No single drive is a match for a RAID array? Well, duh...

    Stick two Raptors in RAID and you HAVE a match for a SCSI RAID array - in
    terms of price/performance. It's probably a tad slower (depending on your
    usage patterns) for a tad less money.
    <snip over-zealous rantings about windows security>

    We all know Windows isn't great in terms of security, but keeping it up to
    date with Windows Update and a using an up to date virus checker is
    generally enough for most people.

    Ben Pope, May 9, 2004
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    Leythos Guest

    Actually, considering that most people never run Windows Update, never
    run their AV updates, a NAT router (which is not a firewall) at the cost
    of $40 in most places around the US is about as safe as they can get
    considering all that they don't do.

    Most adults try and keep some banking information on their computers,
    so, I would call that as sensitive as company data.

    If most people were to just purchase a NAT router from a local computer
    place, or the the ISP enabled NAT on their routers/modems, there would
    be a heck of a lot less compromised systems around.
    Leythos, May 9, 2004
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    rstlne Guest

    Actually, considering that most people never run Windows Update, never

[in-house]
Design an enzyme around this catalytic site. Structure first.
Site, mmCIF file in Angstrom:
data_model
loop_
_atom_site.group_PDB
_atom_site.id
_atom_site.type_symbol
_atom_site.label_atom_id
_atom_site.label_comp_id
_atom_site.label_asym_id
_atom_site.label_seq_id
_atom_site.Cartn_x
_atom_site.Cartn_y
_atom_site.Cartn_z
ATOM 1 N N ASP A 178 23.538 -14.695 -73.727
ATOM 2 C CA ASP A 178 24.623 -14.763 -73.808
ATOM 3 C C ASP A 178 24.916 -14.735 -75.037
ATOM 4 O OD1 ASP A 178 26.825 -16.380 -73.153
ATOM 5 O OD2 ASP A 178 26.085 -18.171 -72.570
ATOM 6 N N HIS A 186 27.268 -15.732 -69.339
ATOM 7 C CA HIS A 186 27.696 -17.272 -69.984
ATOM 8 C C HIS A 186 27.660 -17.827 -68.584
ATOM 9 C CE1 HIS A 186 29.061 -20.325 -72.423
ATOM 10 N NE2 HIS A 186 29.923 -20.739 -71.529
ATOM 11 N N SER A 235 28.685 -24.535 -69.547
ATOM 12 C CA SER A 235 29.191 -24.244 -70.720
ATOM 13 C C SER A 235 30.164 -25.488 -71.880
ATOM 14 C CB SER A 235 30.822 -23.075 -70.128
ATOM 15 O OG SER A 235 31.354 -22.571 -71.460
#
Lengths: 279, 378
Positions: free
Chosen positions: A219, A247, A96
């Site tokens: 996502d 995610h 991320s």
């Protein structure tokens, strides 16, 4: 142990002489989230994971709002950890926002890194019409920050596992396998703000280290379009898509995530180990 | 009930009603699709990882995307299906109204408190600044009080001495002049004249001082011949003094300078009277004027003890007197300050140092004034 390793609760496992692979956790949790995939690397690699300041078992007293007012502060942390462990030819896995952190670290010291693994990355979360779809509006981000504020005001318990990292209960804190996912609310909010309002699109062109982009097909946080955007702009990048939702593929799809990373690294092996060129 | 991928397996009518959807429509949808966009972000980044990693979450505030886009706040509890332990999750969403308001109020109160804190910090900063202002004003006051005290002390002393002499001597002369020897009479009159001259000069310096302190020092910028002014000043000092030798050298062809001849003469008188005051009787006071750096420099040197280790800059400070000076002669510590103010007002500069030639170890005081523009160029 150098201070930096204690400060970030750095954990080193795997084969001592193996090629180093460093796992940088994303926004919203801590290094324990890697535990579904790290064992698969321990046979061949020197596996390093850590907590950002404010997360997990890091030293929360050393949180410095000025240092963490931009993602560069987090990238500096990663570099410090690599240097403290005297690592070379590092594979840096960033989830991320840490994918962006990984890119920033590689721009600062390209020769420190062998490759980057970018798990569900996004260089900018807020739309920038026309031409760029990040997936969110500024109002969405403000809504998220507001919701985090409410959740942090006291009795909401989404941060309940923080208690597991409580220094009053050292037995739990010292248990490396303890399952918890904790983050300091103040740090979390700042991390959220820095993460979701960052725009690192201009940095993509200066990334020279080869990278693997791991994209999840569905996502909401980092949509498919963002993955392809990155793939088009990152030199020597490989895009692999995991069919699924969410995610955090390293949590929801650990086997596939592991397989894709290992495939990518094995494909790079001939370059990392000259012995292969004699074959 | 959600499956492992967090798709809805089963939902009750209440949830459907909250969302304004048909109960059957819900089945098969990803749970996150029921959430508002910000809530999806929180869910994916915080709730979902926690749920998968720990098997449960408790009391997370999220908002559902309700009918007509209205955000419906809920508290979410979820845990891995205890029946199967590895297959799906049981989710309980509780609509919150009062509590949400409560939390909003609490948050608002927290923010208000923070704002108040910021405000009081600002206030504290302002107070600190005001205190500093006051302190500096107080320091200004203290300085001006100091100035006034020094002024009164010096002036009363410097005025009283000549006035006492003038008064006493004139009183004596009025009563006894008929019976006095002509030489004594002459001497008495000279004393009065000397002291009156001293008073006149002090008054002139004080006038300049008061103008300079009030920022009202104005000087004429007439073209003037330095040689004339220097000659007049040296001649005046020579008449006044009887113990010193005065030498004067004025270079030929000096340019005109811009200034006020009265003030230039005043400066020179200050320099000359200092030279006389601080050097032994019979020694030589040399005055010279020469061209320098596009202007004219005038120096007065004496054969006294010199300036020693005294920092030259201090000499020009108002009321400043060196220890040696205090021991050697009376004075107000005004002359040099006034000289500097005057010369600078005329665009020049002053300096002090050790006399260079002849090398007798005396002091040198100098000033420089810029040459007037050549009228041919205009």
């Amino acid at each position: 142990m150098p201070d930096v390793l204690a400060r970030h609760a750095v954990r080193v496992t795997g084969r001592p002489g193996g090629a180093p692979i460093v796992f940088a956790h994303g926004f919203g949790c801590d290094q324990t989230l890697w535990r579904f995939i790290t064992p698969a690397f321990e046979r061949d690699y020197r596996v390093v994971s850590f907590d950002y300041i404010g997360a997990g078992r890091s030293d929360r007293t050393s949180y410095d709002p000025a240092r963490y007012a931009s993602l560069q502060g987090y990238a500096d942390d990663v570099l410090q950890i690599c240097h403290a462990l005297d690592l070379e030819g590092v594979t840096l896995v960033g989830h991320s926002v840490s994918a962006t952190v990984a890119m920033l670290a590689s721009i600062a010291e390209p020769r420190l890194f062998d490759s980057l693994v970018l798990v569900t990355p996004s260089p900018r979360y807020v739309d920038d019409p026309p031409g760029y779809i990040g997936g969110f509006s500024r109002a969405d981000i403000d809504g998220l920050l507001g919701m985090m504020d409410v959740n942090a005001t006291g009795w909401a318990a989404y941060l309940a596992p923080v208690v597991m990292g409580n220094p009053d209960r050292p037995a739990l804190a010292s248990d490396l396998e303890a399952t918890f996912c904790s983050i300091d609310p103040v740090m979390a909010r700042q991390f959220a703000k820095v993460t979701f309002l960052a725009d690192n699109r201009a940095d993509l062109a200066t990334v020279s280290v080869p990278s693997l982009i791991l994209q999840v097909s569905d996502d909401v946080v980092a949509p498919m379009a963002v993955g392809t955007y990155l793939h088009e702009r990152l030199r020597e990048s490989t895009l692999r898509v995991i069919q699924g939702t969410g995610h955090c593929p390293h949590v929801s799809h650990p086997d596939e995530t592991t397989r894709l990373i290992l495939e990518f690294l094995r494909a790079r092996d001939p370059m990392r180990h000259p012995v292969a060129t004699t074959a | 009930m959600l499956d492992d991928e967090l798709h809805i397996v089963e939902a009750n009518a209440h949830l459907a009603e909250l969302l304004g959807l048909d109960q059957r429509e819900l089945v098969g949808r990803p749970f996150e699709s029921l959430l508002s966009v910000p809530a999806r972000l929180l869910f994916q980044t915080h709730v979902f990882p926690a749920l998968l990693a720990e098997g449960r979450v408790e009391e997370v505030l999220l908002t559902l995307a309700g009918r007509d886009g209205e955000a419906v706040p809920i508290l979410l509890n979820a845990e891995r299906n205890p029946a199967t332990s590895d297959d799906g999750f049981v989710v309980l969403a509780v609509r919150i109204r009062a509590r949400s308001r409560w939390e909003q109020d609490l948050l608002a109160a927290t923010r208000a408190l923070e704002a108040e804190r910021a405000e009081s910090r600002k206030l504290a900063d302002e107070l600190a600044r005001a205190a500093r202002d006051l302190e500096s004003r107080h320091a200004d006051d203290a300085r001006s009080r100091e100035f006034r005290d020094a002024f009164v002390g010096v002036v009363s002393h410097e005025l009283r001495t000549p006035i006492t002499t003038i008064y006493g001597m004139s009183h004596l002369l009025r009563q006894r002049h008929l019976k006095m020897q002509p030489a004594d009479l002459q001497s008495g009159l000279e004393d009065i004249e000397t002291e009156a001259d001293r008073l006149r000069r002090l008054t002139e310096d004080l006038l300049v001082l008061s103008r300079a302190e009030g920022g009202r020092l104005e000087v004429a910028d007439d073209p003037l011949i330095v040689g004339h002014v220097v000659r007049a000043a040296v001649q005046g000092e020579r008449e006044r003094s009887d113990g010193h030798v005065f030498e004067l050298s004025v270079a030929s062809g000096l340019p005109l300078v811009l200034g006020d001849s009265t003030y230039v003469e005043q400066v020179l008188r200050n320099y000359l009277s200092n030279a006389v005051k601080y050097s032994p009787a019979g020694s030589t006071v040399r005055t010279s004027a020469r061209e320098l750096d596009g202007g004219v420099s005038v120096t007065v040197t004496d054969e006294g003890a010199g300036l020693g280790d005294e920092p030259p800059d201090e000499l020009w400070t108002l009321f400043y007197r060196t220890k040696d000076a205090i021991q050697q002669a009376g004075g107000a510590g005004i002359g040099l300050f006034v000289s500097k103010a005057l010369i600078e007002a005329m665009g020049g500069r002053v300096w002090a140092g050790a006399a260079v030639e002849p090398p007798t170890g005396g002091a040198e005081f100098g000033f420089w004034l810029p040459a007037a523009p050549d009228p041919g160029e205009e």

How many of those 40$ routers have been exploted by back doors (serious
    I doubt that there is much ident theft in those cases (it's not worth the
    time and effort when you can pay 5$ to a postial offical for a GoldCC with a
    10,000$ limit)
    Yea, Highly possible that one..
    Granted.. NAT has a real downfall.. From gamers not being able to host
    games, to some SSL sites refusing connection (Is what I hear, never seen a
    explanation).. Webphones wouldnt work (unless they are going through a
    registration server) and TONS of other stuff..
    It would mean you cant host your family webpage, nor run your email server,
    or really run ANY server..

    But yea.. It would help..
    rstlne, May 10, 2004
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    Leythos Guest

    We have more than 100 of them across the country (the Linksys BEFSR41,
    and BEFSX41 and BEFVP41) and have never found any trace of anything
    getting past them that was not invited by the users. We log the in/out
    bound traffic and have scripts that detect unusual items, and we do a
    cursory scan by hand once a month.

    I used a BEFSR41 for about 3 years myself and never had any problems.
    Leythos, May 10, 2004
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    Leythos Guest

    But most ISP's TOS prohibit that function, so it's not an issue for
    most. An if the NAT function was on by default and could be requested to
    be disabled, then customers would lose nothing.
    Leythos, May 10, 2004
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    rstlne Guest

    MY Isp doesnt block any port (in or out).
    My only limitation is that I cant use it to make money or for illegal stuff

    I say that IF an isp blocks that stuff then they should do like CenturyTel
    do.. and block the port as soon as it's noticed on the network (isp
    rstlne, May 10, 2004